Tag Archives: Hungary

Jew of the Week: Rebbetzin Esther Jungreis

JungreisEsther Jungreis (1936-2016) was born in Hungary, the daughter of a rabbi. During the Holocaust, the family was sent to Bergen-Belsen, and later loaded up on a train headed for Auschwitz. On route, they managed to escape to Switzerland with the help of Rudolph Kastner’s Aid and Rescue Committee. The quota for migrants to Israel was filled, so the family was given papers to go to the States. Jungreis went on to marry a rabbi and settled in North Woodmere, New York, where the couple founded the town’s Jewish Center and Congregation Ohr Torah. Seeing the rampant assimilation in the United States, Jungreis made it her life’s work to prevent what she saw as a “spiritual holocaust”. In 1973, she started an organization called Hineni, aimed at inspiring Jewish youth to return to their roots. Under her dedicated leadership and moving speeches, Hineni grew to become an international organization, no longer focused solely on youth but rousing countless young and old alike. Jungreis organized events and gave lectures around the world – visiting fifteen or more countries a year was normal for her. Her weekly class drew as many as 1500 people at a time. Meanwhile, Jungreis wrote a regular column for The Jewish Press (the world’s largest English-language Jewish paper) for some 45 years, making it the longest running column in the publication’s history. She also wrote four best-selling books, and had a television programme. In 2004, the Rebbetzin spoke at the Republican National Convention, and in 2008 was selected by President Bush to join him on his delegation to Jerusalem for Israel’s 60th anniversary. Today, she is recognized as one of the central pioneers of the modern kiruv (Jewish outreach) movement. Sadly, the Rebbetzin passed away yesterday. She worked tirelessly until the very end, and in her last article – published just last week – finished with these words: “When will we wake up? When will we don our priestly garments and fulfill our G-d-given destiny and be ‘a light unto all mankind’?”

Words of the Week

A long life is not good enough, but a good life is long enough.
– Rabbi Theodore Meshulem Jungreis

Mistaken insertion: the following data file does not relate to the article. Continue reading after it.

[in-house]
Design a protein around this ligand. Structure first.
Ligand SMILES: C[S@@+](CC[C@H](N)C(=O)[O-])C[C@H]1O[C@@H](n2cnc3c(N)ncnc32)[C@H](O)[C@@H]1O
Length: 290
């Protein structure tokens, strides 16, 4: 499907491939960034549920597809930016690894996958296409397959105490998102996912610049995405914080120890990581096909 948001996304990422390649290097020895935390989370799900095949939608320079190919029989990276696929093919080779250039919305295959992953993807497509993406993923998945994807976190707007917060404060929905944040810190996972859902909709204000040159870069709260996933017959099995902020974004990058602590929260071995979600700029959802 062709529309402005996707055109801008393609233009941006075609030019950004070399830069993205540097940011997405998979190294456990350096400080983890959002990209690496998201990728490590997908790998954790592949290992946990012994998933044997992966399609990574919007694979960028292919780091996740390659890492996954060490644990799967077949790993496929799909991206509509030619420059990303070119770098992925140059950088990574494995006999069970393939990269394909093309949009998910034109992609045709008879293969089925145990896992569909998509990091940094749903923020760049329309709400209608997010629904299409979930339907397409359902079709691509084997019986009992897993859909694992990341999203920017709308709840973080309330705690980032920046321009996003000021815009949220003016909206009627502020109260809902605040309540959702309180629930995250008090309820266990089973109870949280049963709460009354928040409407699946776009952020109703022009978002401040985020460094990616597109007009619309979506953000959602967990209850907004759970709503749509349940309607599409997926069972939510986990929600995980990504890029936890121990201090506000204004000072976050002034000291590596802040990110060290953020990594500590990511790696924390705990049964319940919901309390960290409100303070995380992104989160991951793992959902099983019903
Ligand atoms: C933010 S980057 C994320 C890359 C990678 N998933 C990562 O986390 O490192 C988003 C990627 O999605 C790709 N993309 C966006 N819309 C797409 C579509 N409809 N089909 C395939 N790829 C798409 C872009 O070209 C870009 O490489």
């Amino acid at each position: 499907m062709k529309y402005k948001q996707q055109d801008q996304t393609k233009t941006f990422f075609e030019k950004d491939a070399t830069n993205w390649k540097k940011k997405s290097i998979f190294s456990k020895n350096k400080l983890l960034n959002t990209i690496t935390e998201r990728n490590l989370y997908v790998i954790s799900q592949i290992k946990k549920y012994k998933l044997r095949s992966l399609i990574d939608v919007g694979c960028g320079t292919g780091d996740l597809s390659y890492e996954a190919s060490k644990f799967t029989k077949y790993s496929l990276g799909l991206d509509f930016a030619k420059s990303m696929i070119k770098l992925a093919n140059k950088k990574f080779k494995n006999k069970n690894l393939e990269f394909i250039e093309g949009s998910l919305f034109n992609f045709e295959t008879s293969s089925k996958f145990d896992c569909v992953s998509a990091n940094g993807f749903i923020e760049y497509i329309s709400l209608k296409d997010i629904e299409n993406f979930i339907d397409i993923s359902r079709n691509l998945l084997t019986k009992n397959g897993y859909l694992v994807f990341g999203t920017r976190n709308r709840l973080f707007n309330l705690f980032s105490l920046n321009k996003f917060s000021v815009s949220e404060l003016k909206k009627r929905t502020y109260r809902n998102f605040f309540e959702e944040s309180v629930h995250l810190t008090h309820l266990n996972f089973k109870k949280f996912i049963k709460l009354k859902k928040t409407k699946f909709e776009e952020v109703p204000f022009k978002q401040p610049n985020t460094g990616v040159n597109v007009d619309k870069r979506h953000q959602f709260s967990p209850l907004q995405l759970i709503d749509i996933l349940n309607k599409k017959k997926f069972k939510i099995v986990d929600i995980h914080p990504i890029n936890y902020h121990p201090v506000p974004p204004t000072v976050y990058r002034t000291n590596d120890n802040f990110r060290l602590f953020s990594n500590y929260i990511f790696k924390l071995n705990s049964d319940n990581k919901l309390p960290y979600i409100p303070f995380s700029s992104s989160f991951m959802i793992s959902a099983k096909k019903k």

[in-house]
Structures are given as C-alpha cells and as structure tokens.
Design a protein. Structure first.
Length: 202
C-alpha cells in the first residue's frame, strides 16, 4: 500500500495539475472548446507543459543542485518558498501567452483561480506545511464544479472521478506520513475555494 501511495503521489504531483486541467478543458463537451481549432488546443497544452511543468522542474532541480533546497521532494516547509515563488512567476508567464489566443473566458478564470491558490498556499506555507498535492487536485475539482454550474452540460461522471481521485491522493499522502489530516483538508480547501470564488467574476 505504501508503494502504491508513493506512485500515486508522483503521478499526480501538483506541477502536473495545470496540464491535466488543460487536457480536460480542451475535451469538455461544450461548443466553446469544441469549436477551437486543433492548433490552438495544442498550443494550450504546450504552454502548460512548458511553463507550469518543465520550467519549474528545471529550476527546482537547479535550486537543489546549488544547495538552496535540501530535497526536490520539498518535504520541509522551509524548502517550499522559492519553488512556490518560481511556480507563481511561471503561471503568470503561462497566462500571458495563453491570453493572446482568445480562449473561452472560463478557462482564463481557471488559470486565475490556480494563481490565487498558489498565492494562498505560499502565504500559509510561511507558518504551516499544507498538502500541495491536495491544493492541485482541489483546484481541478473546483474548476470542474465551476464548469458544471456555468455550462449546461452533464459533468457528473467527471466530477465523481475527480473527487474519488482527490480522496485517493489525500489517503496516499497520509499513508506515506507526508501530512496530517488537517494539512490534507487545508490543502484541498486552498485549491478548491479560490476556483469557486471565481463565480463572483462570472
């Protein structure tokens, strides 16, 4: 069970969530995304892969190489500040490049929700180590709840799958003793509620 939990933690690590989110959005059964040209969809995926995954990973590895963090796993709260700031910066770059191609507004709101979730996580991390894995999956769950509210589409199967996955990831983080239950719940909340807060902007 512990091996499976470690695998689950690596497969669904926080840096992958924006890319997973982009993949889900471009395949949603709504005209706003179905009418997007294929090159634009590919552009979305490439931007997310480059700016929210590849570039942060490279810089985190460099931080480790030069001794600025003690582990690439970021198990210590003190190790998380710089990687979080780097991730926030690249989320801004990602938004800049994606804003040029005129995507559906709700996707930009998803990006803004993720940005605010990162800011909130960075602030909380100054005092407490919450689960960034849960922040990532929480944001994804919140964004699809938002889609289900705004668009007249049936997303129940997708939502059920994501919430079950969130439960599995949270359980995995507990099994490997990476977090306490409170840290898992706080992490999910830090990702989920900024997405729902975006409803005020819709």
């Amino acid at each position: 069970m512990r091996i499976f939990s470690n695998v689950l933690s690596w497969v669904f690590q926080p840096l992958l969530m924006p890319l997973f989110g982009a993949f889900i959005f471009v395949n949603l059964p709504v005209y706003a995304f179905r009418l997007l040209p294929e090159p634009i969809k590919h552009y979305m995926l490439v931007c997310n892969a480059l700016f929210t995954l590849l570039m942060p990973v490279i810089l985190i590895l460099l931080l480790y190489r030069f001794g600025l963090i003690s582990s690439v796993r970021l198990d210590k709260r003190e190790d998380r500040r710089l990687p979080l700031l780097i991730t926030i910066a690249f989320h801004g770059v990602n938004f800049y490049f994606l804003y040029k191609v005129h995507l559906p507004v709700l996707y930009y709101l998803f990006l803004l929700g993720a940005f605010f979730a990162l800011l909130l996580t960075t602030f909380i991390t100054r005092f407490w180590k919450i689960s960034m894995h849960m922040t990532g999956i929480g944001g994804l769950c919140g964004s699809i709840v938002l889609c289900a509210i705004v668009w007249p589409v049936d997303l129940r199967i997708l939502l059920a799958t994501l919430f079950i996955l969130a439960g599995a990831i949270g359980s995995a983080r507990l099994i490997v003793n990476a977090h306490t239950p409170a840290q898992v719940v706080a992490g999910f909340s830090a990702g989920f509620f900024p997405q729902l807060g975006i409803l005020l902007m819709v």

Jew of the Week: Yitta Schwartz

The Woman With 2000 Children

A rare photo of Yitta Schwartz from the 1980s

A rare photo of Yitta Schwartz from the 1980s

Yitta Schwartz (1916-2010) was born in Kalev, Hungary to a Chassidic family. During the Holocaust, her entire family was taken to the Bergen-Belsen concentration camp, where two of her six children died. A strong and pious woman, Schwartz persevered, and took care of many other people in the camp, often at great personal risk. One Holocaust survivor recalls how Schwartz took care of the deceased, carefully cleaning their bodies, digging graves, and burying them. Following the war, Schwartz’s family started to rebuild in Belgium, and helped countless refugees in the process, giving them shelter in their own tiny apartment. In 1953, the family (now with 11 children) moved to the US, where Schwartz had 5 more kids. Schwartz’s husband sold furniture, while she took care of their 16 children, and then the many grandchildren that followed. By the time of her passing at the age of 93, Schwartz had over 200 grandchildren, many more great-grandchildren, and nearly 2000 descendants altogether. Not surprisingly, the vast majority of her time was spent going from one family event to the next. When arriving at these gatherings, people would say she resembled the Prophet Elijah, her presence filling the room with light, and everyone clambering for a bit of the great matriarch’s attention and blessings. A very modest woman, she avoided being photographed or filmed. She is remembered as having an infectious smile, a thirst for life, and an excellent memory. Knowing that she would always live on in the doting hearts of her descents, she once said, “If you leave a child or grandchild, you live forever.”

Words of the Week

So said God: ‘Let a wise man not glory in his wisdom, nor let the strong one glory in his strength, nor let the wealthy glory in his wealth. Only in this may one glorify himself: in discerning and knowing Me, for I am God, Who performs kindness, justice, and righteousness – for these are what I desire…’
– Jeremiah 9:22-23